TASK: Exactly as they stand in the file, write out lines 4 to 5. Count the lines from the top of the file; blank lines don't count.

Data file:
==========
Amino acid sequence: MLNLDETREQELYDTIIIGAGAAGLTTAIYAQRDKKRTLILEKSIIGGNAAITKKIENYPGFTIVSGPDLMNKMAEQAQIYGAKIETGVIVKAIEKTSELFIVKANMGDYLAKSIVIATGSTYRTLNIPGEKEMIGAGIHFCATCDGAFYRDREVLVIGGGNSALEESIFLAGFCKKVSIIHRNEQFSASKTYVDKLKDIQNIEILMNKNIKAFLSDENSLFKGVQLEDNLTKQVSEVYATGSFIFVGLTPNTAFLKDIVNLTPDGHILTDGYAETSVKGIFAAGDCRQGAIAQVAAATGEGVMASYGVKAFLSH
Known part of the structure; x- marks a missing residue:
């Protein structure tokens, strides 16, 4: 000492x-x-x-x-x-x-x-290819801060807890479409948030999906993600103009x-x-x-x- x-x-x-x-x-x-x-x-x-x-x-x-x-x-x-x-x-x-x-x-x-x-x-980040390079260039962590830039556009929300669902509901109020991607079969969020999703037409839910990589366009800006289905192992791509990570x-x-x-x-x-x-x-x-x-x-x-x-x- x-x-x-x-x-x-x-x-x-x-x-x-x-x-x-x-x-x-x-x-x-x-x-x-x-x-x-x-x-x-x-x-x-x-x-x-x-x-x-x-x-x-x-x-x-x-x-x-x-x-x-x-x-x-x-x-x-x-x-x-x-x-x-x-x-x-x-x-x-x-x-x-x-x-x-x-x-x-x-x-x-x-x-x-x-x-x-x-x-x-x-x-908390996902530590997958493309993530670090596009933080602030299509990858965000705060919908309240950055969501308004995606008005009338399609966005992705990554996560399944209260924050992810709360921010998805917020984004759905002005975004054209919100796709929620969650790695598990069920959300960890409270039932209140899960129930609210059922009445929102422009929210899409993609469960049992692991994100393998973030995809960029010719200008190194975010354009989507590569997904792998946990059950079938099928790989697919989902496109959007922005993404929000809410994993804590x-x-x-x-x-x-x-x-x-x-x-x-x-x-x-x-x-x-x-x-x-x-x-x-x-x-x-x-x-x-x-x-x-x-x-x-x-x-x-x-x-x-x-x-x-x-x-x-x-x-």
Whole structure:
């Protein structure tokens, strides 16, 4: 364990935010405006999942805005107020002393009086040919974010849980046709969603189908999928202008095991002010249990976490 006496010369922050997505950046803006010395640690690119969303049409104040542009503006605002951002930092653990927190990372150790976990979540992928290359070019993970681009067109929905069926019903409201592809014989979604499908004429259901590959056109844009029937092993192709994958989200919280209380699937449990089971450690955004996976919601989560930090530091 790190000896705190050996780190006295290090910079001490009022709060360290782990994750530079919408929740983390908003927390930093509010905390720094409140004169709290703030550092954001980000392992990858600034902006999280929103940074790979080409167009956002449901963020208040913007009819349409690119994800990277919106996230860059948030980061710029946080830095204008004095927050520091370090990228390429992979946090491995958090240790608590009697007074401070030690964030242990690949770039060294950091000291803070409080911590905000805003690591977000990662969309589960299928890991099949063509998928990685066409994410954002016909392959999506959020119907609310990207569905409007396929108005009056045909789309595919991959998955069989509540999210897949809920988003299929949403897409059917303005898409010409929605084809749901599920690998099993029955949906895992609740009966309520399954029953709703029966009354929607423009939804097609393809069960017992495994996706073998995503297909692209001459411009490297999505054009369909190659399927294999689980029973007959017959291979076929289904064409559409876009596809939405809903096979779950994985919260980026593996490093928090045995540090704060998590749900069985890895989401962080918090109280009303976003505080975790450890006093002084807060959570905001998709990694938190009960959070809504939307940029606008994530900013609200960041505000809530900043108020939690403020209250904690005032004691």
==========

Whole structure:
């Protein structure tokens, strides 16, 4: 364990935010405006999942805005107020002393009086040919974010849980046709969603189908999928202008095991002010249990976490 006496010369922050997505950046803006010395640690690119969303049409104040542009503006605002951002930092653990927190990372150790976990979540992928290359070019993970681009067109929905069926019903409201592809014989979604499908004429259901590959056109844009029937092993192709994958989200919280209380699937449990089971450690955004996976919601989560930090530091 790190000896705190050996780190006295290090910079001490009022709060360290782990994750530079919408929740983390908003927390930093509010905390720094409140004169709290703030550092954001980000392992990858600034902006999280929103940074790979080409167009956002449901963020208040913007009819349409690119994800990277919106996230860059948030980061710029946080830095204008004095927050520091370090990228390429992979946090491995958090240790608590009697007074401070030690964030242990690949770039060294950091000291803070409080911590905000805003690591977000990662969309589960299928890991099949063509998928990685066409994410954002016909392959999506959020119907609310990207569905409007396929108005009056045909789309595919991959998955069989509540999210897949809920988003299929949403897409059917303005898409010409929605084809749901599920690998099993029955949906895992609740009966309520399954029953709703029966009354929607423009939804097609393809069960017992495994996706073998995503297909692209001459411009490297999505054009369909190659399927294999689980029973007959017959291979076929289904064409559409876009596809939405809903096979779950994985919260980026593996490093928090045995540090704060998590749900069985890895989401962080918090109280009303976003505080975790450890006093002084807060959570905001998709990694938190009960959070809504939307940029606008994530900013609200960041505000809530900043108020939690403020209250904690005032004691």